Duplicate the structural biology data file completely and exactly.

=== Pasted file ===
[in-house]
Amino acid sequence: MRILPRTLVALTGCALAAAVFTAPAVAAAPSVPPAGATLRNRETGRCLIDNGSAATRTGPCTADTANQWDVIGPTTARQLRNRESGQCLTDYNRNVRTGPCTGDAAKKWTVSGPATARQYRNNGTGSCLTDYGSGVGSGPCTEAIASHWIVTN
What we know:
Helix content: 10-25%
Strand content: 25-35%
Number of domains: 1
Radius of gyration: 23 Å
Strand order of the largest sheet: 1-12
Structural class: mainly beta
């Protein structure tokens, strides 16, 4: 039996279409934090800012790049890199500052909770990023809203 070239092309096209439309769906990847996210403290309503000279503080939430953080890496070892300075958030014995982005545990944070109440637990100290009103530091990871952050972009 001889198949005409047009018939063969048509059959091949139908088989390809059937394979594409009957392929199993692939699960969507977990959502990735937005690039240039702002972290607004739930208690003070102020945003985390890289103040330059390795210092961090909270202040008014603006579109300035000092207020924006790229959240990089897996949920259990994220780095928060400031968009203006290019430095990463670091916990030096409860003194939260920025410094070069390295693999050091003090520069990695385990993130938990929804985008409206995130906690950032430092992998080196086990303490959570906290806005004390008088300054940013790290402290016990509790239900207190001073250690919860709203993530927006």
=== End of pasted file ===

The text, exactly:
[in-house]
Amino acid sequence: MRILPRTLVALTGCALAAAVFTAPAVAAAPSVPPAGATLRNRETGRCLIDNGSAATRTGPCTADTANQWDVIGPTTARQLRNRESGQCLTDYNRNVRTGPCTGDAAKKWTVSGPATARQYRNNGTGSCLTDYGSGVGSGPCTEAIASHWIVTN
What we know:
Helix content: 10-25%
Strand content: 25-35%
Number of domains: 1
Radius of gyration: 23 Å
Strand order of the largest sheet: 1-12
Structural class: mainly beta
């Protein structure tokens, strides 16, 4: 039996279409934090800012790049890199500052909770990023809203 070239092309096209439309769906990847996210403290309503000279503080939430953080890496070892300075958030014995982005545990944070109440637990100290009103530091990871952050972009 001889198949005409047009018939063969048509059959091949139908088989390809059937394979594409009957392929199993692939699960969507977990959502990735937005690039240039702002972290607004739930208690003070102020945003985390890289103040330059390795210092961090909270202040008014603006579109300035000092207020924006790229959240990089897996949920259990994220780095928060400031968009203006290019430095990463670091916990030096409860003194939260920025410094070069390295693999050091003090520069990695385990993130938990929804985008409206995130906690950032430092992998080196086990303490959570906290806005004390008088300054940013790290402290016990509790239900207190001073250690919860709203993530927006």